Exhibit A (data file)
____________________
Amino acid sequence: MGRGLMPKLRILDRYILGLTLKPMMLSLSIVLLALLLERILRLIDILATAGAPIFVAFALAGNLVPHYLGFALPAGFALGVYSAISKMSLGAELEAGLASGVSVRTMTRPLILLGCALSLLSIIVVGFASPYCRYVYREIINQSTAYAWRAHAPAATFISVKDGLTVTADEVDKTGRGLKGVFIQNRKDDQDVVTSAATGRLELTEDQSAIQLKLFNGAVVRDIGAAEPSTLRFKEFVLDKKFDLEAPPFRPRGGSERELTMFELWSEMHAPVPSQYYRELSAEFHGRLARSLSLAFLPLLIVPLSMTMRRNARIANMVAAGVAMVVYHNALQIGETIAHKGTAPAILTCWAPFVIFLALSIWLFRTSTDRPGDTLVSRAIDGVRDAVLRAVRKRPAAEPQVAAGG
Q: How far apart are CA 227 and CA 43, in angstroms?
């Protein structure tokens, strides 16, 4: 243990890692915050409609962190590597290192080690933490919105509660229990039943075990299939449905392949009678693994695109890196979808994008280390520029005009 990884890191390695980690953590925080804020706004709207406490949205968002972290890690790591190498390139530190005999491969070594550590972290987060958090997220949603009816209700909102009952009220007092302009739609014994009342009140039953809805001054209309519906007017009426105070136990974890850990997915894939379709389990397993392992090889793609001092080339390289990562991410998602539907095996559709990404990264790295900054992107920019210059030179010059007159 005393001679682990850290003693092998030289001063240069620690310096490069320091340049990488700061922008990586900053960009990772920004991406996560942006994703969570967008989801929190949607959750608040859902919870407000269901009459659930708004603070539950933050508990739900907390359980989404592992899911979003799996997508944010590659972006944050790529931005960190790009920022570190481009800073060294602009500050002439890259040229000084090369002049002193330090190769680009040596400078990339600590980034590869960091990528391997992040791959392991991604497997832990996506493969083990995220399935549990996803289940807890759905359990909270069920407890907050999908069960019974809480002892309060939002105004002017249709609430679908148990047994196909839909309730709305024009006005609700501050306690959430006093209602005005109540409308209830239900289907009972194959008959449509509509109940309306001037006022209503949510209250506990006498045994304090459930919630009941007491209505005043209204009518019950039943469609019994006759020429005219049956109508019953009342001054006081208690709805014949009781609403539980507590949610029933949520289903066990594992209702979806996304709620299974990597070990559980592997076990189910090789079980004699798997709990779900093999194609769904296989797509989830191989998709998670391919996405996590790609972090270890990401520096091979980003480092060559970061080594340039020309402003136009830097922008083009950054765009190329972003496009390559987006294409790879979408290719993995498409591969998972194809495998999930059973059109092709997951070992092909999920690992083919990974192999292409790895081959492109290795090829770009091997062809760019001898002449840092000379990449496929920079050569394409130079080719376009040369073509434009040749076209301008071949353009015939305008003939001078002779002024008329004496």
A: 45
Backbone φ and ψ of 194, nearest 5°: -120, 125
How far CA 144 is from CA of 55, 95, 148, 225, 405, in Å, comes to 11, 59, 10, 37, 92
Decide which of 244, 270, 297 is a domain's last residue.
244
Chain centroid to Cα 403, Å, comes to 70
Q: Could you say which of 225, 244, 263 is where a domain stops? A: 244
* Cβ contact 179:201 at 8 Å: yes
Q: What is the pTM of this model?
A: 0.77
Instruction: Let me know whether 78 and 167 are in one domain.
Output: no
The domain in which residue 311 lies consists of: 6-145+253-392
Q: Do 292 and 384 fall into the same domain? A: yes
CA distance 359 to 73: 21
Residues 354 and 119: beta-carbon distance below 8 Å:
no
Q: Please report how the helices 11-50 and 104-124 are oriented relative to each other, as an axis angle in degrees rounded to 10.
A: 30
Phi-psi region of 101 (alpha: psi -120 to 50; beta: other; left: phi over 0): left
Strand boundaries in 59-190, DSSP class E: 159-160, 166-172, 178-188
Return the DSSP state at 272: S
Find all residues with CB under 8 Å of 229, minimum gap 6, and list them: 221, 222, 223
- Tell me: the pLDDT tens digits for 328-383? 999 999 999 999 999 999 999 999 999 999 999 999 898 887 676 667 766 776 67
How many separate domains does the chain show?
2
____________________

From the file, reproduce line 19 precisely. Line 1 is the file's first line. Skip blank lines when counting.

Residues 354 and 119: beta-carbon distance below 8 Å: